SJ: That’s something I want to ask–Ireland have been there and thereabouts for a long time, now they are getting a lot more recognition. For the development period, for example if you want to push Hong Kong regularly in the conversation so there are more outlets covering it and, as you said, Mark Chapman’s accomplishments, how thankless of a job is it, when you put your heart and soul in it and there isn’t the least bit of recognition globally?

TC: Well, for a cricket tragic and someone who now works as CEO of an emerging nation, it’s soul-destroying, I would say.

You get emotional about these things, and I’m not going to pretend that I don’t, and I think to some degree Hong Kong doesn’t get the recognition it deserves. It has a perspective to many of being just, in inverted commas, “just another team of expats.” If people actually look beyond what names they see on the list.. say in our best eleven, eight of those have learned the sport in Hong Kong, and half of those were actually born here. There’s only three guys that you’d deem as “qualifiers” on our team, and they’ve been here over seven years and either have a Hong Kong passport or are in the process of applying for permanent residency.  

I don’t think we get the same exposure as another country that has the same, again, quote-unquote, “indigenous” element or at least a majority of those, when the guys you see on the Hong Kong side–I’m going a little bit off track there, but our Hong Kong cricket, they come through the Hong Kong system, they’ve been coached here from when they first picked up a bat. Yes, they come from families where cricket has a lot more deeper heritage and following, but if you can’t start building with the second and third generations of people who have come from cricket playing nations, then where else can you go? We’re lucky that we have a large community of cricket playing nation’s expats, although now they’re Hong Kongers!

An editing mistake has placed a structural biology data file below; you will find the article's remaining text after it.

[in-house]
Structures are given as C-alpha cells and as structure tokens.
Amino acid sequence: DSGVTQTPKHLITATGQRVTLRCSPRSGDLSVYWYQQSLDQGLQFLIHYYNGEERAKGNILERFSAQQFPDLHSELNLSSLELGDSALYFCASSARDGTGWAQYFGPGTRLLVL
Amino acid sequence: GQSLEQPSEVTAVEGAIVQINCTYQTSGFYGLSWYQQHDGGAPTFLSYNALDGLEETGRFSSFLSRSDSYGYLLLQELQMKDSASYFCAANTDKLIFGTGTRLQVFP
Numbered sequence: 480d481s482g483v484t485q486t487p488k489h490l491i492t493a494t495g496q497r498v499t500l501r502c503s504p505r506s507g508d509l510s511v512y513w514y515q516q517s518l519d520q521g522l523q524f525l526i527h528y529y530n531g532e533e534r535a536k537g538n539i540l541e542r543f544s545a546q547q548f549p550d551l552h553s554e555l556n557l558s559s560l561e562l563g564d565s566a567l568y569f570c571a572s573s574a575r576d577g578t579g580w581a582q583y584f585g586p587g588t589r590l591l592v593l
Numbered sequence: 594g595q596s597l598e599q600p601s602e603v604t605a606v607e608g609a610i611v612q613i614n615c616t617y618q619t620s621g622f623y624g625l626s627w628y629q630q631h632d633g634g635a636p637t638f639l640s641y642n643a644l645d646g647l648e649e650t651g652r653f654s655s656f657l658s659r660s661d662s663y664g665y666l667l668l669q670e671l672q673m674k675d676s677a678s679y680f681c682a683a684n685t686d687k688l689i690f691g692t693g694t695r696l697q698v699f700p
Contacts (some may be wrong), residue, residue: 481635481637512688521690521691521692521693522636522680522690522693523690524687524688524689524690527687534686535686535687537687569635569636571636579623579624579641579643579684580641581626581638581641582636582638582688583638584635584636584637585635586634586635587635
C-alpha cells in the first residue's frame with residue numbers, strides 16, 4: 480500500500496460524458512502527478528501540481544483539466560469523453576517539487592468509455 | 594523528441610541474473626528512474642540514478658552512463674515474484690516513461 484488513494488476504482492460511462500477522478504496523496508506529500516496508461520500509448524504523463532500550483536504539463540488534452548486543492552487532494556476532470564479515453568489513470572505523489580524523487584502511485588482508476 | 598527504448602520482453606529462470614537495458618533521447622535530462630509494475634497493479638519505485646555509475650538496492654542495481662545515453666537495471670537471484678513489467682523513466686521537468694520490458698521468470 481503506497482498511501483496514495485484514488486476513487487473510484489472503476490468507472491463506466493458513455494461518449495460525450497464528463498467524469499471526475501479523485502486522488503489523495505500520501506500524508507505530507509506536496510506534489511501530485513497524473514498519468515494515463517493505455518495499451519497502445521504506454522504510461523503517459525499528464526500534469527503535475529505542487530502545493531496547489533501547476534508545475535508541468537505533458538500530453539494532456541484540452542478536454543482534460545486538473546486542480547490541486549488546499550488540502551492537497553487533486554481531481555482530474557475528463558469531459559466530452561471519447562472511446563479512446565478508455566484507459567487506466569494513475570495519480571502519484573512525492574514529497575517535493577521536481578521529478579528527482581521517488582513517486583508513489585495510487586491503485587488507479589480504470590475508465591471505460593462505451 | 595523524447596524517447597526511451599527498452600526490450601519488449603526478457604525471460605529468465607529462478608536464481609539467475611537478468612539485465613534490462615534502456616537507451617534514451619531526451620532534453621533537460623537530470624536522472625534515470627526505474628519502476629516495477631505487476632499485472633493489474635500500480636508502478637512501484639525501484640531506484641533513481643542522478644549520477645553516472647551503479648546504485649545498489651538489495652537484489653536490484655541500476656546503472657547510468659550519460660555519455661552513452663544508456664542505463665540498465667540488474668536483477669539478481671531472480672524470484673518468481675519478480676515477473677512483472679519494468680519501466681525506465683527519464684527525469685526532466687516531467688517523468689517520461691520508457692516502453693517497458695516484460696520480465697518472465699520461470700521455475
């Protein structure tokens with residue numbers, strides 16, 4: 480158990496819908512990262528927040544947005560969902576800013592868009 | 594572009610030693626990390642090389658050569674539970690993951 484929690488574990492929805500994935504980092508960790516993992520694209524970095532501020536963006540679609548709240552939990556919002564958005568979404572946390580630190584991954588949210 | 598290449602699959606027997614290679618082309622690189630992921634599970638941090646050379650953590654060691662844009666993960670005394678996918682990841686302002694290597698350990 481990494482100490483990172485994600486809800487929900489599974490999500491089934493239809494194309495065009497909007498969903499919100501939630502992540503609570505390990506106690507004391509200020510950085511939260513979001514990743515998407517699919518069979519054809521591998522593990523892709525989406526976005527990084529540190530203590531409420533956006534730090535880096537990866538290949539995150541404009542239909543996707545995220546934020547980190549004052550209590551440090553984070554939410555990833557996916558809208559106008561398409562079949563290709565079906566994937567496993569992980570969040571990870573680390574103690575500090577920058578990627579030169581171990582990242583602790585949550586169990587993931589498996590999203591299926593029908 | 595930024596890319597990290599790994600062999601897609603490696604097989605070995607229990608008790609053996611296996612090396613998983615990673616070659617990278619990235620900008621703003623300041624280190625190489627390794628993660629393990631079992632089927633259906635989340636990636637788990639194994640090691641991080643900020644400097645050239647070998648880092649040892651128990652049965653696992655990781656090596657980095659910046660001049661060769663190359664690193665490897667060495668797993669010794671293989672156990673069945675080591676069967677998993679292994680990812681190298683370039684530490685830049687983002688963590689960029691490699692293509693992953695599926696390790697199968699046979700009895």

Jamie Atkinson, born in Hong Kong, Mark Chapman, born in Hong Kong, Anshuman Rath born in Hong Kong. This is Hong Kong’s future, and again this is where the emotion comes in! You even see in the [World T20] promotional videos and ads that are out, very seldom do you see the Hong Kong guys there, despite how high we are in the world rankings. I think there’s almost an expectation that we’ve crested in our wave and we’ll just go down. It’s very much a focus of all of us, and especially me, that we don’t regress from where we are at the moment, we only go higher and higher. 

We have a smaller pool of players and we have our challenges, but we also have some of the best coaching staff in the world. So yeah, it makes it very hard. There are changes that need to be made in qualifications for players to allow development of those emerging nations to come a lot easier, and whether that’s an amnesty period for those players who have played for associate nations, or were born there, to be able to leave a full member if they perhaps qualify to allow for them to go back and play, that also means those emerging nations need to have the opportunity of playing Test cricket or a variant depending what it gets called all the way through. We need to have the best cricketers playing the best cricket possible. *Sighs.* Yeah.